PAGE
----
Jonathan Guryan is an associate professor of human development and social policy and of economics, and a faculty fellow with the Institute for Policy Research at Northwestern University. He is also a faculty research fellow at the National Bureau of Economic Research and serves as a research consultant for the Federal Reserve Bank of Chicago. Previously, he was on the faculty of the University of Chicago’s Booth School of Business. His work spans various topics related to labor markets, education policy, and social interaction. His research interests include the causes and consequences of racial inequality, the causes of truancy and school dropout decisions, the labor market for teachers, social interactions in the workplace, occupational licensure, and lottery gambling. He also studies race and discrimination in the labor market and in education. He is a recipient of the John T. Dunlop Outstanding Scholar Award from the Labor and Employment Relations Association. He received his A.B. in economics from Princeton University and his Ph.D. in economics from the Massachusetts Institute of Technology.
Lorraine McDonnell is a professor of political science at the University of California, Santa Barbara. Her research has focused on the design and implementation of K-12 education policies and their effects on school practice. In recent studies, she examined the politics of student testing, particularly the curricular and political values underlying state assessment policies. Her publications have focused on various aspects of education policy and politics, including teacher unions, the education of immigrant students, and the role of citizen deliberation. McDonnell served for 7 years on the National Research Council’s (NRC’s) Board on Testing and Assessment, and is currently a member of the NRC’s advisory committee for the Division of Behavioral and Social Sciences and Education. She was the 2008-2009 president of the American Educational Research Association and is a member of the National Academy of Education. She is also national associate of the National Academy of Sciences. She has a Ph.D. in political science from Stanford University.
C. Kent McGuire recently became president and chief executive officer of the Southern Education Foundation. Previously, he was the dean of the College
of Education at Temple University and a professor in the university’s Educational Administration Program in the Department of Educational Leadership and Policy Studies. Before working at Temple, he was senior vice president at MDRC, where his responsibilities included leadership of the education, children, and youth division. In the Clinton Administration, he served as assistant secretary of education, the senior officer for the department’s research and development agency. He also has served as education program officer for the Pew Charitable Trusts and education program director for the Eli Lilly Endowment, as well as assistant professor at the University of Colorado and senior policy analyst for the Education Commission of the States. His current research interests focus on education administration and policy and organizational change. He holds a B.A. in economics from the University of Michigan, an M.A. in education administration and policy from Columbia University Teachers College, and a Ph.D. in public administration from the University of Colorado, Boulder.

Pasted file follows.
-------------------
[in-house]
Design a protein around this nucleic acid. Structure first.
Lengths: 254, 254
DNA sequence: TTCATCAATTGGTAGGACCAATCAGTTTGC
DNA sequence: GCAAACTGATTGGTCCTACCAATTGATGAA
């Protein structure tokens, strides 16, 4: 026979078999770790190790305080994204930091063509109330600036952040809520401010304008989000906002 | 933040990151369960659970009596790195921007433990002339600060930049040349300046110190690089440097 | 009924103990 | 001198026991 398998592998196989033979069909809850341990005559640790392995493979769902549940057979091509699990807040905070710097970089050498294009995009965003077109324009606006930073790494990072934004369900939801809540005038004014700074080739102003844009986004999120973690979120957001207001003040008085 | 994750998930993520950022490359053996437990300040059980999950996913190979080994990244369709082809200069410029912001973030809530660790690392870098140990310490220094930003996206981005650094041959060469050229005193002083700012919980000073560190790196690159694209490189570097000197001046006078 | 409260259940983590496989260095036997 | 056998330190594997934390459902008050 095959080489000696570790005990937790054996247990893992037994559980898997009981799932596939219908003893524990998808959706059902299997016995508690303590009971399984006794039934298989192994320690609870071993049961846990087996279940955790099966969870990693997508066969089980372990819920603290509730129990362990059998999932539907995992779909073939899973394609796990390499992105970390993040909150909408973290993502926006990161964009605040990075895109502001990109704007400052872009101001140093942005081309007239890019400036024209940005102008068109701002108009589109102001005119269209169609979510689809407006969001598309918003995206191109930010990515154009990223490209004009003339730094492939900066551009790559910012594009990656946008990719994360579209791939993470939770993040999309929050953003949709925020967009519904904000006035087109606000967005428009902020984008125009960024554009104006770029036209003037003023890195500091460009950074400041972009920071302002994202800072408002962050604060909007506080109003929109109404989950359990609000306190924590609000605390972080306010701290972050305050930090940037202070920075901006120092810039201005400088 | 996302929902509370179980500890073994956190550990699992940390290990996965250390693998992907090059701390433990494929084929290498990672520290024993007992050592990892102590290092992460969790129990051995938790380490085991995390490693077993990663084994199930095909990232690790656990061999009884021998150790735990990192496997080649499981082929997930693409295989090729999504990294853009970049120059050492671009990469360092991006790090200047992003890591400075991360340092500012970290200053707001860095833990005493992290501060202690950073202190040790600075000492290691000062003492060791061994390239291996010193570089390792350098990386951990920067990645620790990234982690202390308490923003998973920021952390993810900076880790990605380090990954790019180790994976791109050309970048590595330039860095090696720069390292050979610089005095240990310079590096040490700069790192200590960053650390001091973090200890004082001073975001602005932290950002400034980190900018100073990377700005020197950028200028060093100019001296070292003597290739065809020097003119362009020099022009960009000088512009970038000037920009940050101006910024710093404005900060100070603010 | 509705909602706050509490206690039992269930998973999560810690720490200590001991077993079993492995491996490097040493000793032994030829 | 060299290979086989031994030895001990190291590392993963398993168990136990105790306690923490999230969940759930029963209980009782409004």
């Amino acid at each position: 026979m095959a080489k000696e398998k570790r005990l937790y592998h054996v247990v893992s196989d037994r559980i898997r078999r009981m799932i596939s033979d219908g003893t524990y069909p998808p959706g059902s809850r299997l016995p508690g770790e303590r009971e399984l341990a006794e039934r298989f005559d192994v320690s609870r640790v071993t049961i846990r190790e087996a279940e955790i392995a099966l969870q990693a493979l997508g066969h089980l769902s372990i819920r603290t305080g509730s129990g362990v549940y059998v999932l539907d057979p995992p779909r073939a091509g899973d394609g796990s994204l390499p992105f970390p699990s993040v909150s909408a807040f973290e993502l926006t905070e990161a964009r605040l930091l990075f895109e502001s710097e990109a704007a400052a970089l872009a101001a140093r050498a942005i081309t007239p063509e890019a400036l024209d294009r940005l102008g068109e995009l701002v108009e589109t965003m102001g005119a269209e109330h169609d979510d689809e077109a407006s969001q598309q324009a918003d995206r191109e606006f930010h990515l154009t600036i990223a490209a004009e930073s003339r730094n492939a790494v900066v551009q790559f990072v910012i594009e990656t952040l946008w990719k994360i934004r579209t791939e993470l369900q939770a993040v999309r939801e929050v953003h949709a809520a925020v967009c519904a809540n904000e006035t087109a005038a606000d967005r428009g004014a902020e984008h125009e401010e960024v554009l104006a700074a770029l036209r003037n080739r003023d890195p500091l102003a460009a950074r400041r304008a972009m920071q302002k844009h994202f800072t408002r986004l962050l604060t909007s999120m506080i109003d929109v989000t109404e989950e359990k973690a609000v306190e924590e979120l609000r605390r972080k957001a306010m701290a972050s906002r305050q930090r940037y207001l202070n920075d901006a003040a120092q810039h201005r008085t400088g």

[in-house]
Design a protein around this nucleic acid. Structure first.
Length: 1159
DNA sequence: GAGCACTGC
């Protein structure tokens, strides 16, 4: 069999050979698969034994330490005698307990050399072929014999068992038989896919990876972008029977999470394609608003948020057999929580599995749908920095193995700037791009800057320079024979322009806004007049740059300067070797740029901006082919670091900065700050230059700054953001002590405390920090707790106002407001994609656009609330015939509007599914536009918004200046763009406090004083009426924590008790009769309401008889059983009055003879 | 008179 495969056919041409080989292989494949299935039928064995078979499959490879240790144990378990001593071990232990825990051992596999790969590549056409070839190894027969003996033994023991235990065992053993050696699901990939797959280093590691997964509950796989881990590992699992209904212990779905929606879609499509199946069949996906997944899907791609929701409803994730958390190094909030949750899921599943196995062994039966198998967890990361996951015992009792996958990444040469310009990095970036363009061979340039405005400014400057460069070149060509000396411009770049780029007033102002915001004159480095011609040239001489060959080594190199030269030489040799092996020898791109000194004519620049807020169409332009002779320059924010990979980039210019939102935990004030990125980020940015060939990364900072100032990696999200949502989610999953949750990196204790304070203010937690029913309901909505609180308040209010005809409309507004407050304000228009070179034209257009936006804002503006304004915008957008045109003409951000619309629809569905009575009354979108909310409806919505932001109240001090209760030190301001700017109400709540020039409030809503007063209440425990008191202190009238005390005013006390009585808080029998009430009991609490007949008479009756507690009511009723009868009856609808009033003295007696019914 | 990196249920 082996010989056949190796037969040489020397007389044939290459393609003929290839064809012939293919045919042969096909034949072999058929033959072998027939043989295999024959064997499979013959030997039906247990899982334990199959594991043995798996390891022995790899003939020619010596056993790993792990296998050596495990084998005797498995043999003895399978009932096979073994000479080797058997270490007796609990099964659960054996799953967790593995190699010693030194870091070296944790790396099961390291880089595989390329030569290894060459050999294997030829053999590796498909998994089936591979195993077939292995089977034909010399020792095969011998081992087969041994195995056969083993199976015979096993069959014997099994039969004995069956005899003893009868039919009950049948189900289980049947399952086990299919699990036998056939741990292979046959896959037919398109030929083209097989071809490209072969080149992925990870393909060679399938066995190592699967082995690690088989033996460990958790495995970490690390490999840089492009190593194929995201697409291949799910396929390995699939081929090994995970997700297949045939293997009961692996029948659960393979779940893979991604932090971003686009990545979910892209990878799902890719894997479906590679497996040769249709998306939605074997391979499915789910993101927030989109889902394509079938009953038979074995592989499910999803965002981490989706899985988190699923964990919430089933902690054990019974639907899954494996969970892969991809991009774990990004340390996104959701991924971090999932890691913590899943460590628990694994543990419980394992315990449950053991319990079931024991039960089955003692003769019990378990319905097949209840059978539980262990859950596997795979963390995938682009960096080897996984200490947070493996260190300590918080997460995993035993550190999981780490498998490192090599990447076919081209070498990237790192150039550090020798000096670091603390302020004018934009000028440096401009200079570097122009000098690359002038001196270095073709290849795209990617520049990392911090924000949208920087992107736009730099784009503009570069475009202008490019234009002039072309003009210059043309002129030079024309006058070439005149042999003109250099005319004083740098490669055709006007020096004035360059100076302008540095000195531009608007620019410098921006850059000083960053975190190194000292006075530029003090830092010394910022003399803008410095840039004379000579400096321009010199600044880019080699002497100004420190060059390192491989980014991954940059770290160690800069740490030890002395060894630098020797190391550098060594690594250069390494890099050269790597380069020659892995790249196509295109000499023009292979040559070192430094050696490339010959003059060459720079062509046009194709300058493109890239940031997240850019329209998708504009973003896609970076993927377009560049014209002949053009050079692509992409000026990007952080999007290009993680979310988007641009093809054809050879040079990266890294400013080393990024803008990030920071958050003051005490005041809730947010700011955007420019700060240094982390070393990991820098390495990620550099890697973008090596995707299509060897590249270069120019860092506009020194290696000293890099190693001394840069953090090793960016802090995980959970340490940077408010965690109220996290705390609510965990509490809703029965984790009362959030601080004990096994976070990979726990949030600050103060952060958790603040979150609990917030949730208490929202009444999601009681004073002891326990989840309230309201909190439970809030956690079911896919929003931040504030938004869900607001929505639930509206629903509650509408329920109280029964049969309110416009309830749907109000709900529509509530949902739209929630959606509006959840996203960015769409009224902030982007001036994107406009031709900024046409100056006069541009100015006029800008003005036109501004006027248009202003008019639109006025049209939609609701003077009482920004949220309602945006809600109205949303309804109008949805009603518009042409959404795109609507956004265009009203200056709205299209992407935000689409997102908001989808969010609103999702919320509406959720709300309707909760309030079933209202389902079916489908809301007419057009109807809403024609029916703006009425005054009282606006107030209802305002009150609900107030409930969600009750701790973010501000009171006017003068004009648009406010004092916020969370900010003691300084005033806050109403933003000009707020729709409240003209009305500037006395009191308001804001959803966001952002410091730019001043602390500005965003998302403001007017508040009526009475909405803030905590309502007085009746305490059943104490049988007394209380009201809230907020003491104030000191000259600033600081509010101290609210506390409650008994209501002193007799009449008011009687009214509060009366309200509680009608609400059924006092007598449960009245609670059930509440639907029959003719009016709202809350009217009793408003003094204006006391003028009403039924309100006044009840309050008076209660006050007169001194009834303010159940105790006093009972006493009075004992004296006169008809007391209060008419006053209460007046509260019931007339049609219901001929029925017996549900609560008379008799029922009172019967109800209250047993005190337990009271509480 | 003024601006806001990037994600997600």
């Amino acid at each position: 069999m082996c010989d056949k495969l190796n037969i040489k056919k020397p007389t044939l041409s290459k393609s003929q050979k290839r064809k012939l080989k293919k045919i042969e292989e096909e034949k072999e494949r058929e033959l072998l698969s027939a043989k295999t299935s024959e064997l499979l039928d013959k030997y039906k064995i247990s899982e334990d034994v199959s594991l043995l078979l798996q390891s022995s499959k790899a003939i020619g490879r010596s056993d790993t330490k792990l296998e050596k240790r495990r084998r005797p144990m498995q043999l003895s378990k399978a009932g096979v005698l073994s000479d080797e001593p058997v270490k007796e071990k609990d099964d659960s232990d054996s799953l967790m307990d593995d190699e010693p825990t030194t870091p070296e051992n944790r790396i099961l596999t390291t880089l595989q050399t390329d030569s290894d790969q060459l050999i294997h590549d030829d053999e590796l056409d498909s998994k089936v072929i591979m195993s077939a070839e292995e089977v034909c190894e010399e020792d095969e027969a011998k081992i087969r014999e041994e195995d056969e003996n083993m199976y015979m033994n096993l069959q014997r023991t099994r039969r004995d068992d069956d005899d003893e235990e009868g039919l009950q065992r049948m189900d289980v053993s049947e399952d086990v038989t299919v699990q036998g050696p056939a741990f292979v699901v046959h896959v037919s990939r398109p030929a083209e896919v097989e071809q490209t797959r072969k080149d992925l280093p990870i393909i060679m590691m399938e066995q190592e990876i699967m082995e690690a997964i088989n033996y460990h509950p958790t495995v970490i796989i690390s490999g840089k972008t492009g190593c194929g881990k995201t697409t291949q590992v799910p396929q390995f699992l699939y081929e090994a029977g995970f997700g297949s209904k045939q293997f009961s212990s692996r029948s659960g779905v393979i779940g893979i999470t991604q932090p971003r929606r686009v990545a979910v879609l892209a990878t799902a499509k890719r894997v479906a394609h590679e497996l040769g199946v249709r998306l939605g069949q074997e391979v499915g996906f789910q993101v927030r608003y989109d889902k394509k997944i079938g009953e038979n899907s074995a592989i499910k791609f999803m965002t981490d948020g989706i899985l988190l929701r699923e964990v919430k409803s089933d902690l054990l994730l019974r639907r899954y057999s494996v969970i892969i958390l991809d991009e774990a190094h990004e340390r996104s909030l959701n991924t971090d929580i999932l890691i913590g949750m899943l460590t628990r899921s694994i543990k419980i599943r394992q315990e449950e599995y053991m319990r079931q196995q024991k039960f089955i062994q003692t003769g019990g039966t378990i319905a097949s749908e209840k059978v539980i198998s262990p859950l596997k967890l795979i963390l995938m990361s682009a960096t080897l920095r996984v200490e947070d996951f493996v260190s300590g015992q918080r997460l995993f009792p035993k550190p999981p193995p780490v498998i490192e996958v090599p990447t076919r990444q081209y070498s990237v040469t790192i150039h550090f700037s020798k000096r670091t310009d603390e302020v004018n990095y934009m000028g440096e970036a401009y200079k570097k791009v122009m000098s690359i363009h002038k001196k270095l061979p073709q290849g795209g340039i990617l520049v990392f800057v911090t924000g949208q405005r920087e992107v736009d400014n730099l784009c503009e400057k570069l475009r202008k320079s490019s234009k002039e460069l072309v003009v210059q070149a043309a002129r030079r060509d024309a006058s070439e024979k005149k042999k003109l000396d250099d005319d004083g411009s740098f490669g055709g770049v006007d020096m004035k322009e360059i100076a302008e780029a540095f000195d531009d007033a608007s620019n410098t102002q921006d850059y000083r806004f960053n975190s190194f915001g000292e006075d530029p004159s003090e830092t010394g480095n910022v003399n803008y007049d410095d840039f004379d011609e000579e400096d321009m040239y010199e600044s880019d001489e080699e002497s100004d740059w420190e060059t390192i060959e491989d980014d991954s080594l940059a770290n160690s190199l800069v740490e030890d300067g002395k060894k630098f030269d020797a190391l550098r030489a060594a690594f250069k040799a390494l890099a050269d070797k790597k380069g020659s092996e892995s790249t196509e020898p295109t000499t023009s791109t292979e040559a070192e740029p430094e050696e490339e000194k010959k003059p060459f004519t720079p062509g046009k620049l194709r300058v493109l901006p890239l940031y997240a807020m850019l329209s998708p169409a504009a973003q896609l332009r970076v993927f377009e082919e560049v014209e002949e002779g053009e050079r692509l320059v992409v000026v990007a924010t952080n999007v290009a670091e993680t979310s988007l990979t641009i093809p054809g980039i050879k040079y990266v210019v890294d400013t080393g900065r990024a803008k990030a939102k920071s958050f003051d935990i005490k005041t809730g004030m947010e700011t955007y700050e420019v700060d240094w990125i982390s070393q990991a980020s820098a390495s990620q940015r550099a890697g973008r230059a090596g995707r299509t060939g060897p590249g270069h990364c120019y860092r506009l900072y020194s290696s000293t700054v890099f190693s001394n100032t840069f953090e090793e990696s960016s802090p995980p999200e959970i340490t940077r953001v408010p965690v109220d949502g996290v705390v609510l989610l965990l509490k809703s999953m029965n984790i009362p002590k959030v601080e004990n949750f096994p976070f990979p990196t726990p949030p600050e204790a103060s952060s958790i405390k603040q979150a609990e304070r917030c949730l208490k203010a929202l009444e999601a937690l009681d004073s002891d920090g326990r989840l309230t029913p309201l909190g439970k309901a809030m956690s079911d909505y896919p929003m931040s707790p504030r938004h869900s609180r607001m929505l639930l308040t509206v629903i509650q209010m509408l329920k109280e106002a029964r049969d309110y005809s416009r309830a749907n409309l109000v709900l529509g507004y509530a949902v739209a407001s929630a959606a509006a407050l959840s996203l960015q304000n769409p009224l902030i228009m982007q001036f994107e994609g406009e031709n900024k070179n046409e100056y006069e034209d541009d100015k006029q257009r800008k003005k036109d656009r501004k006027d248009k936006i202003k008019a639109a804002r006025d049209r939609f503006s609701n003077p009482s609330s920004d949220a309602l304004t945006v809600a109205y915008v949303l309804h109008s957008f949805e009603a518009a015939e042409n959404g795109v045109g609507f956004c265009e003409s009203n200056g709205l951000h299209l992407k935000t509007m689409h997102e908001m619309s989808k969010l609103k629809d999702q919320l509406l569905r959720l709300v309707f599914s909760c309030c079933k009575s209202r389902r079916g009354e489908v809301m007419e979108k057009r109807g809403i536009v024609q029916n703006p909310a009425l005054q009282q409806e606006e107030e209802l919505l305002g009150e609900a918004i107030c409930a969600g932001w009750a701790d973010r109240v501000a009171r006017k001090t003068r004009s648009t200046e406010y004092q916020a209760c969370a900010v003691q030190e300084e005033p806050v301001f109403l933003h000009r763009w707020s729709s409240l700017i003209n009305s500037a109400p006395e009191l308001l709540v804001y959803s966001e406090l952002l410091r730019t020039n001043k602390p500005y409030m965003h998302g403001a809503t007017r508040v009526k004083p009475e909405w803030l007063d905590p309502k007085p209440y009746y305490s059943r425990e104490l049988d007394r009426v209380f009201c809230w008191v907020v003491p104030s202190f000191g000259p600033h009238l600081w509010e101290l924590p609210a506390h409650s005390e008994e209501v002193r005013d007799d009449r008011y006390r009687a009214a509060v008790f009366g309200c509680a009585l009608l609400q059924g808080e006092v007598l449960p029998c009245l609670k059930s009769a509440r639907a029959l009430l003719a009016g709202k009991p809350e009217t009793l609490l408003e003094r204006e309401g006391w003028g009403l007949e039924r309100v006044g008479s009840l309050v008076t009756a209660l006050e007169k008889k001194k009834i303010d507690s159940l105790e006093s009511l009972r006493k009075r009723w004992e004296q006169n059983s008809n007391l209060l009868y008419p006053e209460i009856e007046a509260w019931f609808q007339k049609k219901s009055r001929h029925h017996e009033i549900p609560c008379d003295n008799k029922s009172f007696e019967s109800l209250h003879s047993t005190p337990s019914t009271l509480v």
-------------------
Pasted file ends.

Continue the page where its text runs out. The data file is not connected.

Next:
Maxine Singer is president emeritus of the Carnegie Institution of Washington. She previously held positions at the National Institutes of Health and the National Cancer Institute, where she remains as a scientist emeritus. At the Carnegie Institution, she established the Carnegie Academy for Science Education whose goal is to enhance learning of science and mathematics for DC public school teachers and students. Her work has ranged over several areas of nucleic acid biochemistry and molecular biology. She was one of the organizers of the Asilomar Conference on Recombinant DNA. She has been a member of the board of directors of Johnson & Johnson, a trustee of the Yale University Corporation, and a director of the Whitehead Institute. She is a member of the National Academy of Sciences and a recipient of its public welfare medal. She is also a member of the Pontifical Academy of Sciences. Her several awards for public service include the Distinguished Presidential Rank Award, and the National Medal of Science, the nation’s highest scientific honor She has received honorary degrees from, among others, Brandeis University, Dartmouth College, Williams College, New York University, Swarthmore College, Harvard University, and Yale University. She holds an A.B. (with high honors) from Swarthmore College and a Ph.D. in biochemistry from Yale University.
William F. Tate IV is the Edward Mallinckrodt Distinguished University Professor in Arts & Sciences at Washington University in St. Louis. He also directs the Center for the Study of Regional Competitiveness in Science and Technology and serves as chair of the Department of Education at the university, where he holds academic and research appointments in the Center for Applied Statistics, Institute for Public Health, urban studies, and medical education. He is a past president of the American Educational Research
Association. He has served as a scholar in residence and as assistant superintendent for mathematics and science in the Dallas Independent School District. He has concentrated his research efforts in four areas: (1) social determinants of mathematics, engineering, technology, and science attainment and disparities; (2) adolescent development and health; (3) political economy of urban metropolitan regions; and (4) leadership in public-private human services alliances and research collaborations. He received his B.S. in economics from Northern Illinois University, his M.A.T. from the University of Texas, Dallas, and his Ph.D. from the University of Maryland. He is completing postdoctoral training in psychiatric epidemiology in the Department of Psychiatry at the Washington University Medical School.